Pilar Elias, Lydia Roy and Sarah Shoulta can poke and prod to find or even create holes in the best defenses in the Kennebec Valley Athletic Conference. So if Waterville coach Ian Wilson wants to scout his own defense’s weaknesses, he knows where to turn.

“We try and match our attack against our defense in practice and see what holes we have,” Wilson said.

Therefore it should be no surprise the Panthers have been just as good at stopping goals as their offense has been at scoring them through the first quarter of the season. Waterville has outscored its opponents, 25-0, and is unbeaten.

One of the defensive keys has been sophomore midfielder Jordan Jabar, Wilson said.

“We gave her some very difficult defensive assignments last year at outside back. We’ve moved her to center-midfielder this year and given her a tremendous amount of responsibility and she’s responded beautifully,” Wilson said.

And, yes, the vaunted Waterville offense is still relentless. Elias leads the way with 12 goals. But Wilson doesn’t want the Panthers to get overly reliant on the senior forward or any particular brand of attack.


“We try to address both sides of the ball,” Wilson said. “We work on being able to do a lot of different things on offense. You don’t want to be one-dimensional because good teams will see that one dimension and stop it.”

Some of those good teams are in the Panthers’ immediate future. MCI (3-1) hosts them at homecoming Saturday. Maranacook (3-0-1) travels to Waterville on Tuesday. Both games present an opportunity for the Panthers to pick up some Heal Points. Despite their perfect record, they find themselves looking up at teams with as many as two losses in the Class B East standings.

“These are really, really big Heal Points-worthy games for us,” Wilson said. “We have to focus on our better rivals and not be complacent just because we’ve gotten off to a strong start.”

• • •

Erskine Academy boys coach Phil Hubbard is pleased with his unbeaten team’s play heading into what he calls the “heat” of the Eagles’ schedule.

“We’re finding the net. We’re scoring and we’re scoring with multiple players,” he said. “I’ve been very happy with how the offense is flowing.”


The Eagles have scored five or more goals in each of their four victories, 26 overall. Luke Peabody leads the way with seven goals. Sam Wilkinson has six and Ryan Rodrigue five. But the Eagles have been able to score in bunches because someone different is ready to contribute to the offense from game to game.

Two of the Eagles’ co-favorites for the KVAC Coastal Division are up next — at Camden Hills on Friday and home against Oceanside on Tuesday. Lincoln Academy, which played Camden Hills to a 0-0 tie Sep. 12 and lost to Oceanside, 2-0, three days earlier, also looms for Sep. 30.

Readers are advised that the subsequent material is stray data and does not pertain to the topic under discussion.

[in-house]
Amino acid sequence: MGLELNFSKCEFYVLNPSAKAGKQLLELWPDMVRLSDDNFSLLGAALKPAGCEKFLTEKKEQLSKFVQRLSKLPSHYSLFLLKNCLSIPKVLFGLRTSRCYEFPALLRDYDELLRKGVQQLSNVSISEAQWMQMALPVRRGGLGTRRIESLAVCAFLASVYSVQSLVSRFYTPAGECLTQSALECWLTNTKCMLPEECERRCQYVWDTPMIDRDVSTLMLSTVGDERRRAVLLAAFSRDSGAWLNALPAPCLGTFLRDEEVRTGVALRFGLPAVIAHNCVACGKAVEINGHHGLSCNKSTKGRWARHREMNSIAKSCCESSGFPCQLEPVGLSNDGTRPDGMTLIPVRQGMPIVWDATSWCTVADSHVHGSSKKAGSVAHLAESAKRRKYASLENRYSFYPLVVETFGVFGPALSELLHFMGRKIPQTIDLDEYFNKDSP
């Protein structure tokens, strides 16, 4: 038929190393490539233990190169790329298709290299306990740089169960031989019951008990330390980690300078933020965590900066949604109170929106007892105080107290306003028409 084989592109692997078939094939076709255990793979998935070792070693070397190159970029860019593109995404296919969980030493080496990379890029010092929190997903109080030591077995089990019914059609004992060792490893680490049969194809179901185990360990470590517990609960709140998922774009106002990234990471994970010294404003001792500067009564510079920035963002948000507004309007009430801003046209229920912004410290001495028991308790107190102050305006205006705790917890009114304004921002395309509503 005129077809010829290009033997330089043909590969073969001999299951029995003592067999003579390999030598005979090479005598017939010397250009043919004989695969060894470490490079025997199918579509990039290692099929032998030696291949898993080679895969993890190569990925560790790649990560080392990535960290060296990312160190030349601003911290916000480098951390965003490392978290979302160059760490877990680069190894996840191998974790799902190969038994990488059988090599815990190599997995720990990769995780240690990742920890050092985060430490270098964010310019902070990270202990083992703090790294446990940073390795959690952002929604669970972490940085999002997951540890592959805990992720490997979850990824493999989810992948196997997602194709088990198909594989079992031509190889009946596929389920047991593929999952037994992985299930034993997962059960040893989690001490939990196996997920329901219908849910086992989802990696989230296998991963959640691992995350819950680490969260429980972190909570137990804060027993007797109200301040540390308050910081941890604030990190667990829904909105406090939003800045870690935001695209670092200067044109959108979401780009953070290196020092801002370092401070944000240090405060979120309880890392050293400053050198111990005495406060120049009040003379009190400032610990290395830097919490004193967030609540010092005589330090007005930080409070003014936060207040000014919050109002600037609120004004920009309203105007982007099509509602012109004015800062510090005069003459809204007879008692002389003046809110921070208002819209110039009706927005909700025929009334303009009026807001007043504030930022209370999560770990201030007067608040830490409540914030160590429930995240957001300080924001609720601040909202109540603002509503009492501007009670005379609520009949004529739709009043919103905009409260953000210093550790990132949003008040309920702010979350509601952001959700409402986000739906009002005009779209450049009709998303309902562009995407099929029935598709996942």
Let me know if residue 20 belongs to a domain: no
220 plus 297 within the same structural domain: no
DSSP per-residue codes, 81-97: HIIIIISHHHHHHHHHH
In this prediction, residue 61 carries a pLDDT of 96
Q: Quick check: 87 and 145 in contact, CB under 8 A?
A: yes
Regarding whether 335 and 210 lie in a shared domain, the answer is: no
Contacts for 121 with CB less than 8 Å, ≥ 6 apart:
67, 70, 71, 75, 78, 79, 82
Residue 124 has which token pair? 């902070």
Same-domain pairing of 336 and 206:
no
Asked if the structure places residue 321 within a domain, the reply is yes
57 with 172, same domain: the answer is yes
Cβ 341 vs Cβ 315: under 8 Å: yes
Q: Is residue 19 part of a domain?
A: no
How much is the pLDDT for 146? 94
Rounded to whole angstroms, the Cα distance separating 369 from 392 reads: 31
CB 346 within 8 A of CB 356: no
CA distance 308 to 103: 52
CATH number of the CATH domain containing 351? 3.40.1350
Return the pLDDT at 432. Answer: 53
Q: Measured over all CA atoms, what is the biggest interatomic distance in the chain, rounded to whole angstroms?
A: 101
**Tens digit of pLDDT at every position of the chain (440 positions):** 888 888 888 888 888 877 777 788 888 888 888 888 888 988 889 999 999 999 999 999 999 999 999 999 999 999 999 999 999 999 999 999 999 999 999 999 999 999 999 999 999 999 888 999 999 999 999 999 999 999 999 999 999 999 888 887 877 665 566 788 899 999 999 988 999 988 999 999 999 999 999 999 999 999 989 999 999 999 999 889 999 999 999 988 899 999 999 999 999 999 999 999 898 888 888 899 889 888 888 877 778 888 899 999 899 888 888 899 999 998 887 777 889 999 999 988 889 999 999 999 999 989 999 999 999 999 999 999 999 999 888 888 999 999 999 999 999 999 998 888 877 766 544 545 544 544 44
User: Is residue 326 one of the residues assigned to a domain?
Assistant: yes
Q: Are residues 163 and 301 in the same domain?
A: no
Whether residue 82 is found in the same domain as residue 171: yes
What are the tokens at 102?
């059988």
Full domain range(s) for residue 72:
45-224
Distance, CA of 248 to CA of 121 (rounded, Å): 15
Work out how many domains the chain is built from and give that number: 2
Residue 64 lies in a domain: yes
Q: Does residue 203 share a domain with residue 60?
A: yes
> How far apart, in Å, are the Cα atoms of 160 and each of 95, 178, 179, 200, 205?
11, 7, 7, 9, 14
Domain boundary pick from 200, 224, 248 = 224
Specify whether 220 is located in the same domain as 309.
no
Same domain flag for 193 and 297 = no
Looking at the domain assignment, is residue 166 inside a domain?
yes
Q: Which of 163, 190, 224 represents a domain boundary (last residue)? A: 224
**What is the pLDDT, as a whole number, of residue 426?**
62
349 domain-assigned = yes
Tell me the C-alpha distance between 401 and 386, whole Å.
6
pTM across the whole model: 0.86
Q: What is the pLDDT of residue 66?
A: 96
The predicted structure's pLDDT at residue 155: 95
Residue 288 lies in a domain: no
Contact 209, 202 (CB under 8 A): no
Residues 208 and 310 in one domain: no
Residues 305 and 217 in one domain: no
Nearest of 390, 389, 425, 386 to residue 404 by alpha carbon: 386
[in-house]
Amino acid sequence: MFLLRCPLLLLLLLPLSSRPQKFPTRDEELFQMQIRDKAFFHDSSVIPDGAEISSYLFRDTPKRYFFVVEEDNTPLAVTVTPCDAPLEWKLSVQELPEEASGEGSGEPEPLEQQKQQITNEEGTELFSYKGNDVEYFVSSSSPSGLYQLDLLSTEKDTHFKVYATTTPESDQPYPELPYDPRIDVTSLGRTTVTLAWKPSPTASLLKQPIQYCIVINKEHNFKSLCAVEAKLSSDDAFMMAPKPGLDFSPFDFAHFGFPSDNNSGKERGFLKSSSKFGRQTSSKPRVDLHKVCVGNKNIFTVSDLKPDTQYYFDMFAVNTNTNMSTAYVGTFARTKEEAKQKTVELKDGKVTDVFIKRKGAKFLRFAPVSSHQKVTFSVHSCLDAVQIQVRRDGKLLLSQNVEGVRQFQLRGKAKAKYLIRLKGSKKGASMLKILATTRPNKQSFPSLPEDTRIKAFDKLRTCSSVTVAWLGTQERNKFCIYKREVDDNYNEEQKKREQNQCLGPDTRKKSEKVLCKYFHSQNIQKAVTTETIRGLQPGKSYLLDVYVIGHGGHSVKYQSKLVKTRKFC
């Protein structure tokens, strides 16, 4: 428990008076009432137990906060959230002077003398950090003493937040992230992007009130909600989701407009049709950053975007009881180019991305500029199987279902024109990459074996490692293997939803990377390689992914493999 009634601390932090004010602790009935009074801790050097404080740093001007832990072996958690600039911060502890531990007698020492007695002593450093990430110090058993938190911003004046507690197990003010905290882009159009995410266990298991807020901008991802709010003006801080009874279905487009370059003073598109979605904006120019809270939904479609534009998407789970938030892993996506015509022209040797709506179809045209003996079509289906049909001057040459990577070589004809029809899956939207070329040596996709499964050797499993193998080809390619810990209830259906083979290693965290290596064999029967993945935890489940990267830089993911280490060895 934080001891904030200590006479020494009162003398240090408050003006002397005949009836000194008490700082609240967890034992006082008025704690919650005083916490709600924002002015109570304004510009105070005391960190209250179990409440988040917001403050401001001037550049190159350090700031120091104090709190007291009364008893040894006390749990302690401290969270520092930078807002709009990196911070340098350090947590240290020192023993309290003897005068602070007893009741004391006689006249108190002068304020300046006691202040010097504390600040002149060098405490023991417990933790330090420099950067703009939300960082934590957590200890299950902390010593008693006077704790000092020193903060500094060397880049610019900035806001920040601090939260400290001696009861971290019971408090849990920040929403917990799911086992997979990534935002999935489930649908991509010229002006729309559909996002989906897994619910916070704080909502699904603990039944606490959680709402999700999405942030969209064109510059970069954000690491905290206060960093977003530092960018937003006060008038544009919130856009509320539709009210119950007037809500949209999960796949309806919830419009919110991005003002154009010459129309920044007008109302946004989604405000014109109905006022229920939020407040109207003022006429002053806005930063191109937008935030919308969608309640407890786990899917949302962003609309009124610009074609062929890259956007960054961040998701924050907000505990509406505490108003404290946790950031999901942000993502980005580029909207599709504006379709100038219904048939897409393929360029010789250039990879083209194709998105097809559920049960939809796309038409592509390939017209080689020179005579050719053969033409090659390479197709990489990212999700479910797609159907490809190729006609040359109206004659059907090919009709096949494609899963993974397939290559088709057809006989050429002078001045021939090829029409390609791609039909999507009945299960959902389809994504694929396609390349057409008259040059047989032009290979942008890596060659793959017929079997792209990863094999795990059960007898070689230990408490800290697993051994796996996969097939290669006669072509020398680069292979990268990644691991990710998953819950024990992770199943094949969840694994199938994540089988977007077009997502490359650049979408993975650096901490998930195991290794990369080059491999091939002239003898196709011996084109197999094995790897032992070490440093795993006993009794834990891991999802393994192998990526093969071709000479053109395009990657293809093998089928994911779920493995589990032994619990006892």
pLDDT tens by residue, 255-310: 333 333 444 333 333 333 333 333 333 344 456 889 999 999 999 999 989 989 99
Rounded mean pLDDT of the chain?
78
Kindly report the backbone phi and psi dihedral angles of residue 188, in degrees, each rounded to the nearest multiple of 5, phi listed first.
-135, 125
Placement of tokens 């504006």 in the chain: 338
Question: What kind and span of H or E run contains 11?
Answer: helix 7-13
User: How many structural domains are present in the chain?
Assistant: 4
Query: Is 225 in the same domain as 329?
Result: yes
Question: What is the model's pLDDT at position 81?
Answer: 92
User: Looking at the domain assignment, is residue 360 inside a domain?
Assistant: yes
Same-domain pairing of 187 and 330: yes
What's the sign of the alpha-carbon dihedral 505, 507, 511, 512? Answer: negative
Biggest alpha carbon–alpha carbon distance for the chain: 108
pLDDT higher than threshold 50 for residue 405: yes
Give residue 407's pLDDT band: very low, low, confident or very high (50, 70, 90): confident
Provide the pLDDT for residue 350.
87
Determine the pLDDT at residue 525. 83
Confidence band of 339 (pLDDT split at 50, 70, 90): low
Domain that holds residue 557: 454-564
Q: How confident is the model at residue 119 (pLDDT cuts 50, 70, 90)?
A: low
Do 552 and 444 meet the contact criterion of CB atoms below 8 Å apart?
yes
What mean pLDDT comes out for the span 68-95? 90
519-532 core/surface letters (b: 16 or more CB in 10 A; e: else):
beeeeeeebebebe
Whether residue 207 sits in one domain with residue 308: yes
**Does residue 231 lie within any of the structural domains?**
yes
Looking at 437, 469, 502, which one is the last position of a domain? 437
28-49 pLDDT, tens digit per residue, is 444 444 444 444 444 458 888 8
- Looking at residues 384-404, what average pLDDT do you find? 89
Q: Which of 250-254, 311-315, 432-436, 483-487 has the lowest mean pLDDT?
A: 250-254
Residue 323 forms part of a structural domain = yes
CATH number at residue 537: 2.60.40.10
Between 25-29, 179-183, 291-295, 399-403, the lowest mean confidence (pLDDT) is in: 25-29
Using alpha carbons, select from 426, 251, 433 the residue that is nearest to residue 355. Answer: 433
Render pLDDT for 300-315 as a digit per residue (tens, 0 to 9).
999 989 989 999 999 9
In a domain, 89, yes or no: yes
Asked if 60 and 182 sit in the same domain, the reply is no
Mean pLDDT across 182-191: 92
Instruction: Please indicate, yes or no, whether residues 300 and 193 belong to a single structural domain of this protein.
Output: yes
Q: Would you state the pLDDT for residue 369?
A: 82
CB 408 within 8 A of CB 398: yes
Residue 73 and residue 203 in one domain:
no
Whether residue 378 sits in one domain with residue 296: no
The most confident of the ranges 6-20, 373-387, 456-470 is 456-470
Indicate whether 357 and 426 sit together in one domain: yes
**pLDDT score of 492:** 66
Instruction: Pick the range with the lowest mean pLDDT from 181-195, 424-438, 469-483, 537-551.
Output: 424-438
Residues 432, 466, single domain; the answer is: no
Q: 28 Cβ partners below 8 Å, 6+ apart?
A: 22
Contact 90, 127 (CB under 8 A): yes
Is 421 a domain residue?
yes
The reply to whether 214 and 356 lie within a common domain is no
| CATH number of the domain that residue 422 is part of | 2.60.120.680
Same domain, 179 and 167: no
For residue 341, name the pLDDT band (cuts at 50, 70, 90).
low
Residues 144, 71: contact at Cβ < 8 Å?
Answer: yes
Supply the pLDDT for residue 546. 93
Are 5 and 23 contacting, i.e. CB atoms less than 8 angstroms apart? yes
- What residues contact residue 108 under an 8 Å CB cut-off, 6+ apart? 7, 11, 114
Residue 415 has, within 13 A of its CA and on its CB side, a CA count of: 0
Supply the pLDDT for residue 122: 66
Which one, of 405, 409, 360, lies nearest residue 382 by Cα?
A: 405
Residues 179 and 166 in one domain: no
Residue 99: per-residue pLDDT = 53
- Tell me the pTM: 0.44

• • •

A quirk in the schedule gave Maine Central Institute five consecutive home games to start the season. The Huskies went 3-1 through the first four and complete the homestand with Saturday’s homecoming game against Waterville.

The Huskies make their road debut Tuesday at Spruce Mountain in Jay, return home for one more game next Friday against Gardiner, then hit the road again for five games in a row. They aren’t scheduled to play in Pittsfield again until their final home game on Oct. 17 against Spruce Mountain.

With freshmen comprising one-third of his roster, coach Carl Jones is interested to see how his team reacts on the road.


“When we go on the road, who knows? Maybe we’re a good road team. Maybe we’re not,” he said. “It’s a young enough group where you’re not too sure what’s going to show up every day.”

Home has been kind to the young Huskies, who have wins over Nokomis, Leavitt and Winslow under their belt before suffering a 3-1 loss to Maranacook on Tuesday.

“We’ve got a lot of freshmen out there. We start three and we’ve got five on the team, so we’re subbing them in, too, and they’re at key positions,” Jone said.

Freshman forward Sydney Morton has had the biggest impact among the rookies, scoring at least once in each game and leading the Huskies in goals.

Jones said the speedy Morton can get even better before the season is over.

“Soon she’s going to break out because she can play,” he said. “She’s been hampered with leg cramps and hasn’t been able to play (at 100 percent) in a lot of games. If she ever gets it all together, there’s no question she can play.”

Randy Whitehouse — 621-5638


Twitter: @RAWmaterial33

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